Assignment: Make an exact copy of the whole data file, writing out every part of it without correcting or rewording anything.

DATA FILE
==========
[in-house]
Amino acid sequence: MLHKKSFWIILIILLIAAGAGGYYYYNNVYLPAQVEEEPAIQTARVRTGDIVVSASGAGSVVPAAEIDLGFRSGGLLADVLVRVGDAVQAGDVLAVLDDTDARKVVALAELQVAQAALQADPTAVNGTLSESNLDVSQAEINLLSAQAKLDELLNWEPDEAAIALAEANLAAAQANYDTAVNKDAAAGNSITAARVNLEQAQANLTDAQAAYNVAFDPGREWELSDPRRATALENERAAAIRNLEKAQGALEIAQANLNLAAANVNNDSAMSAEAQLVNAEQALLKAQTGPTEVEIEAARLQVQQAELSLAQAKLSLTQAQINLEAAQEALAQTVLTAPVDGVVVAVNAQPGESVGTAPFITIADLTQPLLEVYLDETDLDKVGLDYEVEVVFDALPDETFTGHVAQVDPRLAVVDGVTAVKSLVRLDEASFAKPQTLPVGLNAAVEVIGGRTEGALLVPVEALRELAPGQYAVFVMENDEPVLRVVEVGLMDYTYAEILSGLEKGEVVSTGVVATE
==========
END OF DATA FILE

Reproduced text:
[in-house]
Amino acid sequence: MLHKKSFWIILIILLIAAGAGGYYYYNNVYLPAQVEEEPAIQTARVRTGDIVVSASGAGSVVPAAEIDLGFRSGGLLADVLVRVGDAVQAGDVLAVLDDTDARKVVALAELQVAQAALQADPTAVNGTLSESNLDVSQAEINLLSAQAKLDELLNWEPDEAAIALAEANLAAAQANYDTAVNKDAAAGNSITAARVNLEQAQANLTDAQAAYNVAFDPGREWELSDPRRATALENERAAAIRNLEKAQGALEIAQANLNLAAANVNNDSAMSAEAQLVNAEQALLKAQTGPTEVEIEAARLQVQQAELSLAQAKLSLTQAQINLEAAQEALAQTVLTAPVDGVVVAVNAQPGESVGTAPFITIADLTQPLLEVYLDETDLDKVGLDYEVEVVFDALPDETFTGHVAQVDPRLAVVDGVTAVKSLVRLDEASFAKPQTLPVGLNAAVEVIGGRTEGALLVPVEALRELAPGQYAVFVMENDEPVLRVVEVGLMDYTYAEILSGLEKGEVVSTGVVATE